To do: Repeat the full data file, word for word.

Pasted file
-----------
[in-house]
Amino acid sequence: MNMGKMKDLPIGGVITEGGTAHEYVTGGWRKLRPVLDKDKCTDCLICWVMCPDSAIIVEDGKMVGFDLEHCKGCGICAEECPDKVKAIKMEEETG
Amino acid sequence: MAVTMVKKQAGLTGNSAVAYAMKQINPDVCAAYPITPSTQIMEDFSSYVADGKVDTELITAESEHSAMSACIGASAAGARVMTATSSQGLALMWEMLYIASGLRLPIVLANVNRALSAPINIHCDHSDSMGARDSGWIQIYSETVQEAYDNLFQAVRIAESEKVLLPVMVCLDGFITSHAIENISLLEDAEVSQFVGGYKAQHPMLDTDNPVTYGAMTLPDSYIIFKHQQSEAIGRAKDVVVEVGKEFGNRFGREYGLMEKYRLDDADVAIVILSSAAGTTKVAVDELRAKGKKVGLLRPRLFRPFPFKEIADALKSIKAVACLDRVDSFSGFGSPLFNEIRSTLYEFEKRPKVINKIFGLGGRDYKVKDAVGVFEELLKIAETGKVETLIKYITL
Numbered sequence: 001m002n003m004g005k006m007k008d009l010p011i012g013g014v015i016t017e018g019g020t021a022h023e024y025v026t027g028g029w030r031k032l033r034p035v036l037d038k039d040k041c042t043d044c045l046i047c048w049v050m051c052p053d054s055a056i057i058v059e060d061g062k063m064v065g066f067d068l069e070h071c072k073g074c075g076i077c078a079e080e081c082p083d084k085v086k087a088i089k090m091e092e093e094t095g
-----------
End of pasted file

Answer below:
[in-house]
Amino acid sequence: MNMGKMKDLPIGGVITEGGTAHEYVTGGWRKLRPVLDKDKCTDCLICWVMCPDSAIIVEDGKMVGFDLEHCKGCGICAEECPDKVKAIKMEEETG
Amino acid sequence: MAVTMVKKQAGLTGNSAVAYAMKQINPDVCAAYPITPSTQIMEDFSSYVADGKVDTELITAESEHSAMSACIGASAAGARVMTATSSQGLALMWEMLYIASGLRLPIVLANVNRALSAPINIHCDHSDSMGARDSGWIQIYSETVQEAYDNLFQAVRIAESEKVLLPVMVCLDGFITSHAIENISLLEDAEVSQFVGGYKAQHPMLDTDNPVTYGAMTLPDSYIIFKHQQSEAIGRAKDVVVEVGKEFGNRFGREYGLMEKYRLDDADVAIVILSSAAGTTKVAVDELRAKGKKVGLLRPRLFRPFPFKEIADALKSIKAVACLDRVDSFSGFGSPLFNEIRSTLYEFEKRPKVINKIFGLGGRDYKVKDAVGVFEELLKIAETGKVETLIKYITL
Numbered sequence: 001m002n003m004g005k006m007k008d009l010p011i012g013g014v015i016t017e018g019g020t021a022h023e024y025v026t027g028g029w030r031k032l033r034p035v036l037d038k039d040k041c042t043d044c045l046i047c048w049v050m051c052p053d054s055a056i057i058v059e060d061g062k063m064v065g066f067d068l069e070h071c072k073g074c075g076i077c078a079e080e081c082p083d084k085v086k087a088i089k090m091e092e093e094t095g